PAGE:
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Archive for August, 2009

Hagia

st lucy

St. Lucy, outside of an elementary parish school in the Bronx.  Interestingly, she has her eyes here; often, she’s shown holding her own eyes on a platter, referring to her martyrdom.

st francis

St. Francis of Assissi, across the doorway from St. Lucy.  I’m not sure why they’re flanking the same entrance, as Clare is the bosom friend of Francis.  I love his eyes.  I climbed up a pedestal to get this close to his face, and the difference from this proximity and how he looks from the street is so striking.  I was abashed to be so near him, to see his face so intimately.

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St. Anthony of Padua, somewhere in the East Village.  He quite looks like the young wunderkind scholar and brilliant doctrinal mind he was, doesn’t he?  All cool, and a bit proud if you ask me.

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Our Lady, on the Upper West Side.  Recent pilgrims had given her a fresh head-dress, and new blooming flowers for her to hold.

A side note– here in contemporary times, we see Mary looking down as a sign of humility. In the East, and certainly in Byzantine times, she looks down because she is a fine lady of nobility, and we are commoners– a noble lady would never look a plebe in the face.  I personally prefer the modest, downturned face to mean humility, but it’s interesting–as a young woman–to consider the other option.  And the extension of the argument– one needn’t necessarily be shamefaced to emulate Mary.  (I do think in this sculpture she’s being meek.  In the icons where she’s being fierce and noble but eyes cast down, she looks much stronger, and much less approachable.)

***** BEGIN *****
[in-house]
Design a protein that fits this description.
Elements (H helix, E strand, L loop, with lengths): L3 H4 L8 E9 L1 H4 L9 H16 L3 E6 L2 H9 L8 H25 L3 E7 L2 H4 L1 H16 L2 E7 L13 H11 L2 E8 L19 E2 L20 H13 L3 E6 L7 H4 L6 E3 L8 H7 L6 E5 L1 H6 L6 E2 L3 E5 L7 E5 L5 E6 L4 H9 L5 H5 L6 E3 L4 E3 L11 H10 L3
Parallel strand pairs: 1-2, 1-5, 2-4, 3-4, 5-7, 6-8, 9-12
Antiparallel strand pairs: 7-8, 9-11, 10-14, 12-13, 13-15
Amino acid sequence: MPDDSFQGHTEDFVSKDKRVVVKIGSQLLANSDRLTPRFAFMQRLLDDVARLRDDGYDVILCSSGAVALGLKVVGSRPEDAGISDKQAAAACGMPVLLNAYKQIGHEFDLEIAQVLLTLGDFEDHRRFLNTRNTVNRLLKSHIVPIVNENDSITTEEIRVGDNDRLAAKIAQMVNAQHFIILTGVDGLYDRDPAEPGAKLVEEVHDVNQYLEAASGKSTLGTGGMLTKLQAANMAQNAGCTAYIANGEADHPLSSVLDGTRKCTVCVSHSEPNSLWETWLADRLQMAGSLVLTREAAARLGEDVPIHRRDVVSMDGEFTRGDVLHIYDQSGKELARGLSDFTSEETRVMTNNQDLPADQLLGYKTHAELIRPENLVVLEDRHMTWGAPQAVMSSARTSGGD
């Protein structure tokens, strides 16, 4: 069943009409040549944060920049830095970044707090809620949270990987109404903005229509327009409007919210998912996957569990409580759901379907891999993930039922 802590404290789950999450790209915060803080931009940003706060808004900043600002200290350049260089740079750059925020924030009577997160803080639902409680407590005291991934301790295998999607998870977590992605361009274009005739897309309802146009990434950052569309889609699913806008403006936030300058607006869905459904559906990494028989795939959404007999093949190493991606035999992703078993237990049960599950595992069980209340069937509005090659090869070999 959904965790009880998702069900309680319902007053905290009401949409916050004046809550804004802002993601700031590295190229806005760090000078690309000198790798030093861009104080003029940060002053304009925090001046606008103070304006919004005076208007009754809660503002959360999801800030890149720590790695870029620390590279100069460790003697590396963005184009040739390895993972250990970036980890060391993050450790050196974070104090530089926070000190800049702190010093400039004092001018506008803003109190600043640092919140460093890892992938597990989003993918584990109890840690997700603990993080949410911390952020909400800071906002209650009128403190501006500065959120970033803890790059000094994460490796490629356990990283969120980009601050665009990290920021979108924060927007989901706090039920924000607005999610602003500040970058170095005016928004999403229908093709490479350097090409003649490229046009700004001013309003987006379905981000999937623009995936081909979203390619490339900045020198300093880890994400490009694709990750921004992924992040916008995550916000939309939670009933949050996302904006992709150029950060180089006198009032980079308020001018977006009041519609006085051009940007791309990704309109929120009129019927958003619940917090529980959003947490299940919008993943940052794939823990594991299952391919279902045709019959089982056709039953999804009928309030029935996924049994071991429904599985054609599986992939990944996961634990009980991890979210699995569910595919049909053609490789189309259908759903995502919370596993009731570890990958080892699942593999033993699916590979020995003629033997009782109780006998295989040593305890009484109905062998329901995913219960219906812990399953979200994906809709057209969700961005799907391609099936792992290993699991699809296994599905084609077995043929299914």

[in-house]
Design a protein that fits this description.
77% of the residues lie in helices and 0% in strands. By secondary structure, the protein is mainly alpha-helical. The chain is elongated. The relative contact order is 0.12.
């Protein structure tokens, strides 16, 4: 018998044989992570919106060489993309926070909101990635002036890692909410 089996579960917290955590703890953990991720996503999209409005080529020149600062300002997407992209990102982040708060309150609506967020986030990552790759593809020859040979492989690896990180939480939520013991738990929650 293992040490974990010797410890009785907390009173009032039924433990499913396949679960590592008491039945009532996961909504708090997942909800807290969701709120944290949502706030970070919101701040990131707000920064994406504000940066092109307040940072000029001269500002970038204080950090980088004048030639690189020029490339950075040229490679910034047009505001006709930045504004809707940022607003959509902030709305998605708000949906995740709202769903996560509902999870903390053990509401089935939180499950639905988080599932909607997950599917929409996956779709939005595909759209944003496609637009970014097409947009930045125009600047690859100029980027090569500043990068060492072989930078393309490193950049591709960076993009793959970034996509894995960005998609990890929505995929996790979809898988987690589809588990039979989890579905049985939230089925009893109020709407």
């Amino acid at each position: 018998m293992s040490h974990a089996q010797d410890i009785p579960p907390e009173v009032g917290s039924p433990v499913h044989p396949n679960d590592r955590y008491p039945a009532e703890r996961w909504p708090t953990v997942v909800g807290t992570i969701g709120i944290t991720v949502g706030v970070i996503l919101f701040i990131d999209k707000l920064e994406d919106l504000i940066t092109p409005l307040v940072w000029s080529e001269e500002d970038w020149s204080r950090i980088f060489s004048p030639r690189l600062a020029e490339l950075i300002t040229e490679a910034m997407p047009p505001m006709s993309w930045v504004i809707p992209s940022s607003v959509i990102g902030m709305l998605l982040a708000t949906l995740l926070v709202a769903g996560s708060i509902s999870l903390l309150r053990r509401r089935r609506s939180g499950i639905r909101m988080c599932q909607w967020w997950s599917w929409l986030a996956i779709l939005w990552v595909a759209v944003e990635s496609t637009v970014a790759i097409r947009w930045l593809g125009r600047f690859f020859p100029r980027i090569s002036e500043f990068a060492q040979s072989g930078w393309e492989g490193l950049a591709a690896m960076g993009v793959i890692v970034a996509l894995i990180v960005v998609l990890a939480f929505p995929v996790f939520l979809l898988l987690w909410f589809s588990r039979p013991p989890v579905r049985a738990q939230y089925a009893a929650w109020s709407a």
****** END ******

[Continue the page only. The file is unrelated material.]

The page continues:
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This week, I’m doing my drama camp for neighborhood kids at the church where I teach Sunday school.  Last year, I described it in the “death of a pigeon” post.

Today was the first day, and I had clean forgotten how tiring it is to teach/lead children. They have so much energy!  They talk constantly!  They have so many clever questions that deserve and call for thoughtful responses!  They’re quicker than I am, there are more of them than me, and they always go right to the quick of the matter.

Today, we started our papier-mache masks, worked on acting out or displaying lots and lots of different emotions, talked about two Bible stories (Jacob and Esau and Joseph and his brothers), considered how the various characters thought and felt, play-acted them out several times (in costume), made lunch for each other, played outside, learned a new song, and illustrated different emotional scenes.

Everyone at the church is surprised I don’t either make all the lunches, or have a volunteer make them.  But these kiddos are six and seven years old– they can wash grapes, cut bananas, stack cookies (they do it with such care!), make sandwiches, and set the table.  They like it– they like taking the sandwich orders, and working in the “big” church kitchen, and counting how many of everything they need.  Yes, it takes forever– I could do it much faster while distracting them with an activity, but I like them to prepare food for one another.  For me, preparing meals and sitting down to eat with one another is one of the big, _big_ traditions in Christianity.